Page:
Wednesday, May 06, 2009

the woodland cemetery loaf

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Meet the coffin loaf. If not by name, though certainly by looks. Its proper name is Skogskyrkslimpa - let's practise Swedish, skog = woods, kyrka = church, limpa = loaf, hence this is one piece of Wood church loaf - and it can only be found and bought at that charming little bakery-café Bakgården, nearby the always-worth-a-visit Woodland Cemetery.

It's sourdough bread with anise and cumin and to be honest I didn't find its flavour or texture all that appealing at closer inspection. The bakery have so many other great breads (like lingonberry bread, apricot bread and ciabattas) so this one coffin bread was just a one time thing for me. I can still appreciate the quirky idea of it (I most always appreciate quirky ideas, if you hadn't guessed that by now...), even if my taste buds didn't quite approve of this particular quirky flavour.

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5 comments:

Xtiand said...

Ooh lingonberry bread and apricot bread, I may have to do some baking tonight. The coffin bread looks like the rye bread I make, quite solid but very tasty.Usually known as builders bread...ie like a brick!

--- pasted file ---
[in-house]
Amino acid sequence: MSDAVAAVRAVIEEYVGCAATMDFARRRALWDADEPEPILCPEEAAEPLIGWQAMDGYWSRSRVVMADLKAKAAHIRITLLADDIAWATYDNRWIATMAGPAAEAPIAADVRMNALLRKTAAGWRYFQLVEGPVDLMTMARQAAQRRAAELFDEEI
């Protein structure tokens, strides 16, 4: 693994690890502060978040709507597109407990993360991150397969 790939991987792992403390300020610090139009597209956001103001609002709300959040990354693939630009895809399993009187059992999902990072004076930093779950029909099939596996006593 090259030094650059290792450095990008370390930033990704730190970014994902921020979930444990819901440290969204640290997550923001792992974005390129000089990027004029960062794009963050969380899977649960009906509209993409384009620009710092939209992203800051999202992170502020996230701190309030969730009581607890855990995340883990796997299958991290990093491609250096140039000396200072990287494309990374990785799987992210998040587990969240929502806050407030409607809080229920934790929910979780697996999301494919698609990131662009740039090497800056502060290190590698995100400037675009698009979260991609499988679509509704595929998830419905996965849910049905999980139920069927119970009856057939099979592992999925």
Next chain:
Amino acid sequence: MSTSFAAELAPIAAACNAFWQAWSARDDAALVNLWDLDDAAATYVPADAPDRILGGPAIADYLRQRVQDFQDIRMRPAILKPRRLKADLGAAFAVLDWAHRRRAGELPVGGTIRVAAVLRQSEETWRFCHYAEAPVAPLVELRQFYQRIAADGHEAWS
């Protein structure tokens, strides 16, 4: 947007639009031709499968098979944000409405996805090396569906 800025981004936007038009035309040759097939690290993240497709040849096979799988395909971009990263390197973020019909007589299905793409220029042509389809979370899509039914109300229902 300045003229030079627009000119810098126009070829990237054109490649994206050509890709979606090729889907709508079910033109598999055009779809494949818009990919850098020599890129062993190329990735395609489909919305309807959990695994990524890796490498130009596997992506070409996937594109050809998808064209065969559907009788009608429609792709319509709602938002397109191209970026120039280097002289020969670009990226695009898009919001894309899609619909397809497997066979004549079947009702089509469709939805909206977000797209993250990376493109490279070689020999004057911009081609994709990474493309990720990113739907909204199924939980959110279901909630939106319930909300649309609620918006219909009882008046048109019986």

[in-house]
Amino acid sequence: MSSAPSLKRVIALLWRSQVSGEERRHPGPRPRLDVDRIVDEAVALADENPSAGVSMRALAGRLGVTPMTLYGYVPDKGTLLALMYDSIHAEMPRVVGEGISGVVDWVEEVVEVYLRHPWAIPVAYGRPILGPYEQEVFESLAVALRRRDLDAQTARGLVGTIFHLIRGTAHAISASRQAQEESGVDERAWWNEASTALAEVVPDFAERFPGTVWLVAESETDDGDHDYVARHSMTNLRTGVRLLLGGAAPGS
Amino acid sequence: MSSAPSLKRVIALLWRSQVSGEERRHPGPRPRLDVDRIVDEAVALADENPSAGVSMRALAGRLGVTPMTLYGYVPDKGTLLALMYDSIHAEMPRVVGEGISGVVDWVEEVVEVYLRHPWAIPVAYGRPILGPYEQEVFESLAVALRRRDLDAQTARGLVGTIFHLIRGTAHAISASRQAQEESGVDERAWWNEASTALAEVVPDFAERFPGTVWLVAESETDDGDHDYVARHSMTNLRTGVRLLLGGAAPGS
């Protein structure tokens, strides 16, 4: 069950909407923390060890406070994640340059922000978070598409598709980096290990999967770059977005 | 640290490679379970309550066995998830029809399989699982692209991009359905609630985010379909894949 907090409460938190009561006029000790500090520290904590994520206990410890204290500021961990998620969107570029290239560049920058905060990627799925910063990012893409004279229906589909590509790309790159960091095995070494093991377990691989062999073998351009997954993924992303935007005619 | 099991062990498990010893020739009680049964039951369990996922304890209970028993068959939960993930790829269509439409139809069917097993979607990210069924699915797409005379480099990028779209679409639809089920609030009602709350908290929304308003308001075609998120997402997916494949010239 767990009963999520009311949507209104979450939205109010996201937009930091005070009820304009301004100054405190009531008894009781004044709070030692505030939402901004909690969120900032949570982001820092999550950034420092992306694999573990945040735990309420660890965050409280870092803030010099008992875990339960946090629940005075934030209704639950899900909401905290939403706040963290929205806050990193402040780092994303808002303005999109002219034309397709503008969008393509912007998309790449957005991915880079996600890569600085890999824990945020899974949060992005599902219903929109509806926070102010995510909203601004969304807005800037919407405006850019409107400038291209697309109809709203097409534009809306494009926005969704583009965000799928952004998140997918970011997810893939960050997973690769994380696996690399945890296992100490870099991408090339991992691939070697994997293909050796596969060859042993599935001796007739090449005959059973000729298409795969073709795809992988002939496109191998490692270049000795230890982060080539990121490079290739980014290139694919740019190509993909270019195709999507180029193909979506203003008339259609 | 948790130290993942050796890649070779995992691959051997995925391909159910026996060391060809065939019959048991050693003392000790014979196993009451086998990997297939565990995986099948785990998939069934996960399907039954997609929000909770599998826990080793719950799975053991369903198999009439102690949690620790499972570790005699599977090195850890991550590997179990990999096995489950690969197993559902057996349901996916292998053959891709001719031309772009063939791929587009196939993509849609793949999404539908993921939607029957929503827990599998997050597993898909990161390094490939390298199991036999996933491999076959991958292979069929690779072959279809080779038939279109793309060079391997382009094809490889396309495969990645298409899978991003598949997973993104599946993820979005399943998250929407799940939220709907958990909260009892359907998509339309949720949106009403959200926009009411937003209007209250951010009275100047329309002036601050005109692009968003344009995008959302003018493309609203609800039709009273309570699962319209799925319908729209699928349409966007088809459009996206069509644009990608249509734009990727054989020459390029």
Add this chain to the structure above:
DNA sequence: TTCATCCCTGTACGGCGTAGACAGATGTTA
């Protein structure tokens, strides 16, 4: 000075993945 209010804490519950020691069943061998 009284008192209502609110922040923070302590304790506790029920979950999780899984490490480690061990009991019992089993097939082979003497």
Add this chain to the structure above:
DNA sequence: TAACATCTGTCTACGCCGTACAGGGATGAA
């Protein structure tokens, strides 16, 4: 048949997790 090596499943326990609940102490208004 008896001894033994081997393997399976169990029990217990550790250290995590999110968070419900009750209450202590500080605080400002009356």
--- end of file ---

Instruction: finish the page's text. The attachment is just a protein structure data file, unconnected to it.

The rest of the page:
Madame Ladybug (Ady) said...

It looks interesting though... I would be interested in finding a good recipe for it and seeing what goes into making a coffin loaf.

Pia K said...

Builder's bread, ah, that's a good name too, Xtiand. But lingonberry, mmm, I hope your baking went well!

I guess one could try and experiment with sourdough, Ady, and mix some spices of choice into it, bake it in a coffin like pan, and hey presto, probably quite tasty:)

Titania said...

The bread looks good; I would say with lots of fresh, sweet butter and lashings of honey, darn good I would say. Does this bread taste similar to Pumpernickel?

Pia K said...

I can definitely skip the honey, but good butter and cheese, yes please, Titania:) Hm, I actually don't think I've ever tried Pumpernickel. Just one of those breads you hear of...

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